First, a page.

Lepton, while I do applaud your attempt to use logic in all your arguments (especially considering how scarce logical thinking is these days) I have to criticize your use of "x+x=2x" as a reason as to why mathematics doesn't accurately model the world around us.
"Apple" like all other words in every human language is a generalization, the term "apple" does not take into consideration every individual apple's characteristics, if we were to do so without having to describe indefinitely (the apple has a mass of 152 grams, with a stick that tilts 30 degrees off a straight upward line etc to ensure only a single apple is individually described) we would have to come up with a new word for every single new thing we encounter so every object (every apple for example) would have a different name that pertains solely to it - this would be impractical to say the least. Instead of get caught in all the impracticality we instead generalize and say "apple" describes all objects with defined general characteristics. Similarly in the equation x+x=2x the variable x could be given the value of 1 apple (apple defined as above), since that is the only way the equation could be used relevantly to your example, x+x=2x is as descriptive as the sentence 1 apple plus 1 apple equals to 2 apples.
In short your argument suggests that math does not take into consideration the properties of the objects involved, my answer is that neither does language - you don't describe the exact mass of an apple you want if you want to send somebody to the shops, do you? Or the exact elasticity of a rubber band you want bought? Or the exact temperature and chemical composition of the soda you want. The reason we don't describe the exact properties of an object both in language and in mathematics is simply down to the fact that it would make both language and mathematics impractical tools of communication - humans never take into account all of an objects properties simply because it would be illogical to do so. I hope you see from my argument that the term apple is no more descriptive in a sentence than the variable x is in an equation. In your example above the friend is as descriptive as the equation because his sentence doesn't take into consideration all of the properties of the apple either - we don't do that in "real life" and so math is perfectly suitable for modelling "real life".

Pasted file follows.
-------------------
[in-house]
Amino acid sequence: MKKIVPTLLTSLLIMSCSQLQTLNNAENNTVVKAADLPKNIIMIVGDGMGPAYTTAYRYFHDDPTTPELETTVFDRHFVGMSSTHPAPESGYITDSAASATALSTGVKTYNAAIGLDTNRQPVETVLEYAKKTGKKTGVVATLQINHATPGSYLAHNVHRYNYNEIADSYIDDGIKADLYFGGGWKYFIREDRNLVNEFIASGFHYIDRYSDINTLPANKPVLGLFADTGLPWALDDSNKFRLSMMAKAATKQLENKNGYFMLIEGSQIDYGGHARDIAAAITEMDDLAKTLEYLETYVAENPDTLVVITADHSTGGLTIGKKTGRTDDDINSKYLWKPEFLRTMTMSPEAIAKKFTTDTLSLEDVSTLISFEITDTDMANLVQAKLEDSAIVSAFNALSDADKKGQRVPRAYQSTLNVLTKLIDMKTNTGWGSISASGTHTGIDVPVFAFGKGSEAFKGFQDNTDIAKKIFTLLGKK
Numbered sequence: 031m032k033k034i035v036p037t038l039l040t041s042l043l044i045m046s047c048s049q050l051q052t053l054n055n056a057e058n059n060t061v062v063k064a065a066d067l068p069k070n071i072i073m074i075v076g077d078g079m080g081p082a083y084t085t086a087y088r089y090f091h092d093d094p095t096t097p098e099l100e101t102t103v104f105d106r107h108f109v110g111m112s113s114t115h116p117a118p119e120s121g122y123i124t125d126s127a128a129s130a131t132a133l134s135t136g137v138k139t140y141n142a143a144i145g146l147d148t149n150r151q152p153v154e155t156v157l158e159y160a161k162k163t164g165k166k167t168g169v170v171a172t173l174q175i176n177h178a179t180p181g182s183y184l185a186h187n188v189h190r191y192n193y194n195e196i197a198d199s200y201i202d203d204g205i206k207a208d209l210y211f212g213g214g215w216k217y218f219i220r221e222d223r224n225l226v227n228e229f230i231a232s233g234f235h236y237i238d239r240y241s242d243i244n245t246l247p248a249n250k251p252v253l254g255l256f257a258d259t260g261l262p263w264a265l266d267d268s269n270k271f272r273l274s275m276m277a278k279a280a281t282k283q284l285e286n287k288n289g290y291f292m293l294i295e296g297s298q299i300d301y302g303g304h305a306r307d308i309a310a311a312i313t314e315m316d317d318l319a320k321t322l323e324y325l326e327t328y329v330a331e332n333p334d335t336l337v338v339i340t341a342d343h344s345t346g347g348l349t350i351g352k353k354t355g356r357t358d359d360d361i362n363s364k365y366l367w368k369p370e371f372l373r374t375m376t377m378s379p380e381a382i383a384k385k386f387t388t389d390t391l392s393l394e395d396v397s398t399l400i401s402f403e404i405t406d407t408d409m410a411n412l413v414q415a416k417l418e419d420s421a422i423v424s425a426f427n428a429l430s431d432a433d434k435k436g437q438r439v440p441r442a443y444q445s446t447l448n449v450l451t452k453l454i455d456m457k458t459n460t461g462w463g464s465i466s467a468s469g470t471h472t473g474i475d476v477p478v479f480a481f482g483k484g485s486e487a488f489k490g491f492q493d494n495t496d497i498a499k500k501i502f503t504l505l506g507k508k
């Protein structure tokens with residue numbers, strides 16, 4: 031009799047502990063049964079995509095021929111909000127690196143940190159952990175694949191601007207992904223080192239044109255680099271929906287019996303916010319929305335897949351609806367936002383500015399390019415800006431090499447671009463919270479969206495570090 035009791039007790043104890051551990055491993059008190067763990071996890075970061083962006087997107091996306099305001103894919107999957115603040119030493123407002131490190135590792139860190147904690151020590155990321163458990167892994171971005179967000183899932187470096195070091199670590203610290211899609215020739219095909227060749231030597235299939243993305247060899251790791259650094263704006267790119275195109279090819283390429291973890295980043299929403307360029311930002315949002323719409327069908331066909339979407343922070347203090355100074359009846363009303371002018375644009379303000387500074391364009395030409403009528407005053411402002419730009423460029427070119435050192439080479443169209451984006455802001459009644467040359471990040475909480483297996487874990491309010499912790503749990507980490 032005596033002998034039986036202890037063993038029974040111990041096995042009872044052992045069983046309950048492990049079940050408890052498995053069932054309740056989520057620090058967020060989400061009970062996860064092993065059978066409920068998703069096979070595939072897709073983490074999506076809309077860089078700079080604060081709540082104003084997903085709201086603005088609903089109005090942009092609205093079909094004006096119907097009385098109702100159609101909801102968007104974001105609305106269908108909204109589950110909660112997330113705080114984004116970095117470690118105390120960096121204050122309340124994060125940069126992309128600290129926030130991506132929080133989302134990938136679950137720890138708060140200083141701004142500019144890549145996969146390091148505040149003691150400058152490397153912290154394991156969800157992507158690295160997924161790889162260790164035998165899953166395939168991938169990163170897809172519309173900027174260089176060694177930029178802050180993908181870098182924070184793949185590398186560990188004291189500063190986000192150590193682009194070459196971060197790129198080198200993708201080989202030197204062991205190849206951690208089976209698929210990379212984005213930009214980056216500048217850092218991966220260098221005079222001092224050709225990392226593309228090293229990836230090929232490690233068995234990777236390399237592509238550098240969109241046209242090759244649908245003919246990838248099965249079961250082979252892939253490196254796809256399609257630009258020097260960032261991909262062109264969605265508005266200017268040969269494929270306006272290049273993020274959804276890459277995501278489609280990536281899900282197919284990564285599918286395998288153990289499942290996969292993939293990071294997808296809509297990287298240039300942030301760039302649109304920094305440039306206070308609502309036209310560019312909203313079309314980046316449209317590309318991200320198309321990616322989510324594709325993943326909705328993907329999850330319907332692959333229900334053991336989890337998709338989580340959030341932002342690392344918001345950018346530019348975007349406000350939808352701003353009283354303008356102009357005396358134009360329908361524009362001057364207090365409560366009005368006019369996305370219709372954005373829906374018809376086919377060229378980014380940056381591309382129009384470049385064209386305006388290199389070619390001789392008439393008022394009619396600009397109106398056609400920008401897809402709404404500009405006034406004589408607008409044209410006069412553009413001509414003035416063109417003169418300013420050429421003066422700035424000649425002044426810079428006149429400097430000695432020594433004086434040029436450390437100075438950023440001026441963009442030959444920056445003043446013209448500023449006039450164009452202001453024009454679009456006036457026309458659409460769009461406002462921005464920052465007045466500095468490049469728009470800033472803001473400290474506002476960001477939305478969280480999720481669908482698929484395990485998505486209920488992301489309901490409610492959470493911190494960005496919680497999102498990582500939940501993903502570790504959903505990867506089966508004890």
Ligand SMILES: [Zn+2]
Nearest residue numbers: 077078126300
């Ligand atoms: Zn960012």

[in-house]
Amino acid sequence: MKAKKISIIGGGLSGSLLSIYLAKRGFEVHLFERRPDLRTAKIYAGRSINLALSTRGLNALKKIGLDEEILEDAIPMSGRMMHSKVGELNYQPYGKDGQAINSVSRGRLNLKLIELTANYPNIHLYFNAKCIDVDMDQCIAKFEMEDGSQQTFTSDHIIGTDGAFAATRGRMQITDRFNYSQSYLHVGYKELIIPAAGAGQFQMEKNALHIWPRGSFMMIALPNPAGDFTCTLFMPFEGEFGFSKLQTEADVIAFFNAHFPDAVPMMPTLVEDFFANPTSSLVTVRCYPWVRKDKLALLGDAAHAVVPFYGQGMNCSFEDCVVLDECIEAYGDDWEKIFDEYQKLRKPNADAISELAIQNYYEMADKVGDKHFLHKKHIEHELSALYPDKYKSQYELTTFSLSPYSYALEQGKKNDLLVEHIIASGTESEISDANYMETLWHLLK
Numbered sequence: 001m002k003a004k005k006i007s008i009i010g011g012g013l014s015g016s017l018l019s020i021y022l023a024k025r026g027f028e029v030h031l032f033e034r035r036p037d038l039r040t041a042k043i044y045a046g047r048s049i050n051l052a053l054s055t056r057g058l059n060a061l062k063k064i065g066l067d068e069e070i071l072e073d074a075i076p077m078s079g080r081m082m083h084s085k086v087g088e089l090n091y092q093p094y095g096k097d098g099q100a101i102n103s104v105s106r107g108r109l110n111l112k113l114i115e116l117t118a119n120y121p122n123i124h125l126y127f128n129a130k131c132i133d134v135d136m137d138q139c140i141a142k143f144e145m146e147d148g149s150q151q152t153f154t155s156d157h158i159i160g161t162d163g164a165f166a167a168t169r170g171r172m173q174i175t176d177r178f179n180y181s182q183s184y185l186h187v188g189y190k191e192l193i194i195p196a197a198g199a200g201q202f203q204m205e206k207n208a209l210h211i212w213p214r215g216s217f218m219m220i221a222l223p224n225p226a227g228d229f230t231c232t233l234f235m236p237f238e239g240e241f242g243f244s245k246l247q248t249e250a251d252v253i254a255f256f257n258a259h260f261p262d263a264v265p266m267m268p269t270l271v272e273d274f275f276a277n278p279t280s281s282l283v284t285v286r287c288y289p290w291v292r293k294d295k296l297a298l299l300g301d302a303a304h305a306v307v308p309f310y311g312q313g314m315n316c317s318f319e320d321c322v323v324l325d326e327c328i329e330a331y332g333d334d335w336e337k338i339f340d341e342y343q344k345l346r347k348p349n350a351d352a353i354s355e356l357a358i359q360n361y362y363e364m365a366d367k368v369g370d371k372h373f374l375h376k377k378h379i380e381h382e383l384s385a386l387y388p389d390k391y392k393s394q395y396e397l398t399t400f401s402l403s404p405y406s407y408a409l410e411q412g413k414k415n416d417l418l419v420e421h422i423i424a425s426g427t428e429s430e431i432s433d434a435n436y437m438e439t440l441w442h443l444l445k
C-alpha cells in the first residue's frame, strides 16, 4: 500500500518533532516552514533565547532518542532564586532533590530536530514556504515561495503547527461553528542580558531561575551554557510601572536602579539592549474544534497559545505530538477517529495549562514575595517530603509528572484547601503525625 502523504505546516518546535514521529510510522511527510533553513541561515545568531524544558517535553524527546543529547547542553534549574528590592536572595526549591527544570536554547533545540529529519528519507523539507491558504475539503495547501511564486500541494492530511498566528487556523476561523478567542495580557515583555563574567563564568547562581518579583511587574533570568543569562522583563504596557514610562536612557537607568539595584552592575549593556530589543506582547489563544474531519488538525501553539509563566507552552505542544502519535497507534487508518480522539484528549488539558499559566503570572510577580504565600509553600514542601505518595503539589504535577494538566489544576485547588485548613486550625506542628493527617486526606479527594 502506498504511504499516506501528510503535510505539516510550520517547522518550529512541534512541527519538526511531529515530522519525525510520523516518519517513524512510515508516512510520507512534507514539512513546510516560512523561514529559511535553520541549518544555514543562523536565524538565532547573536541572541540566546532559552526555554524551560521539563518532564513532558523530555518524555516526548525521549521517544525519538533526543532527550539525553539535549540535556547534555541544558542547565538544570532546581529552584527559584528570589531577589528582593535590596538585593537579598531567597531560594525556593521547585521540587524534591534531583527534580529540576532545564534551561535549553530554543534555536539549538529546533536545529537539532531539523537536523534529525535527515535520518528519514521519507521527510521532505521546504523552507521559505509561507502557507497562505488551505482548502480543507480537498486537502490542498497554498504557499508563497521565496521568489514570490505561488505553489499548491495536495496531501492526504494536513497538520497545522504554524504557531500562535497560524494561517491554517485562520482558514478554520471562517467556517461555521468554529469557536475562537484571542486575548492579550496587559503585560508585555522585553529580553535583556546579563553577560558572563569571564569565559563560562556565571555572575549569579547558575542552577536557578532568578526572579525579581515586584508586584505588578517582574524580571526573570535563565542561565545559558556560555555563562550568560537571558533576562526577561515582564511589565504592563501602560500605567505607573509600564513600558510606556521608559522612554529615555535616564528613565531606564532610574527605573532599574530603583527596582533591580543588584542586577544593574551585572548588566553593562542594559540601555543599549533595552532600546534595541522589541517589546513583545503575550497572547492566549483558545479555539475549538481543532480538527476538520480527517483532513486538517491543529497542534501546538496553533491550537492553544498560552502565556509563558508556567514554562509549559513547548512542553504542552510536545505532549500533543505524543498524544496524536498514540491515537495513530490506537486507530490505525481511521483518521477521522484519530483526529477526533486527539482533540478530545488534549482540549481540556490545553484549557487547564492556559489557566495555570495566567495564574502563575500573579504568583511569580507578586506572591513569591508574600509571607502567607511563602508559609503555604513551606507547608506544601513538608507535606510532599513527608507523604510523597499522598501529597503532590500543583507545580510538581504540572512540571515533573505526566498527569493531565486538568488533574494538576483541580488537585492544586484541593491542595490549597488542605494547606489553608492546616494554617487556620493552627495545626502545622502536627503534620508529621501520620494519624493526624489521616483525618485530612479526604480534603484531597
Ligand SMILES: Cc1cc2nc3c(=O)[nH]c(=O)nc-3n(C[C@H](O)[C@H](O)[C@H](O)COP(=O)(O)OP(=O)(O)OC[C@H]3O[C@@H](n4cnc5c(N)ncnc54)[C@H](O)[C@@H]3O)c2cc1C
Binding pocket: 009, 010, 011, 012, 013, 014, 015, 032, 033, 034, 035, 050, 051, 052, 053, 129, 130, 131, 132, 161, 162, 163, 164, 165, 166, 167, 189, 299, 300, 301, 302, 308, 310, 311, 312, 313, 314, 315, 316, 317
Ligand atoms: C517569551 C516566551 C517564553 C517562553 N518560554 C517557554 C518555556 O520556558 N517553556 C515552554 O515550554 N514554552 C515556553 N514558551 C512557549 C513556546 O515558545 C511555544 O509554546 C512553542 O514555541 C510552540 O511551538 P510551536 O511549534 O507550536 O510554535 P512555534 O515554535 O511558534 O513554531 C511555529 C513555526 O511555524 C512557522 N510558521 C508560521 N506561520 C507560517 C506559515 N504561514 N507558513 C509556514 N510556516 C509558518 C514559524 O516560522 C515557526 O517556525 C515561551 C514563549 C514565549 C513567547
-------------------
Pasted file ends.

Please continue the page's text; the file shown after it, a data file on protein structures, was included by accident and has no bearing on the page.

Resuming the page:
Anyway in reference to the physics perhaps string theory is correct and there are another 7 dimensions we simply fail to experience, and some particles are capable of experiencing and travelling in and out of these dimensions. In that case is it not possible that prior to the big bang the singularity (according to the inflationary theory) that existed existed in the extra-spatial dimensions and then when it expanded it formed a positive bias towards the space-time we perceive and that explains why the other dimensions (as believed by string theorists) are infinitesimally small.
Alternatively we could take into consideration the possibility that brane- theory is right and that a our membrane of space existed prior to what we call the big bang and it was simply populated with energy (latter converted to matter) by a collision with another brane. However is must be noted that both these theories have logical flaws as they lead simply to another level of creation that we cannot explain - the question of creation is perhaps unavoidably an example of the Munchhausen trilemma because it leads either to circular regression (the universe exists because it exists exemplified by brane theory), axiomatic regression (the universe exists because of something we must take as fact ie the unquestionable existence of a god or a singularity we cannot explain - shown by religion and "non-string theory" inflation) or infinite regression (where we can search for a cause ad infinitum).
However you should note that I am not a physicist, simply a 15 year old Kenyan teenager, therefore I am hardly an informed opinion. However you do not need a formal education to question, because everybody has the right, ability and perhaps even the duty to live an examined life.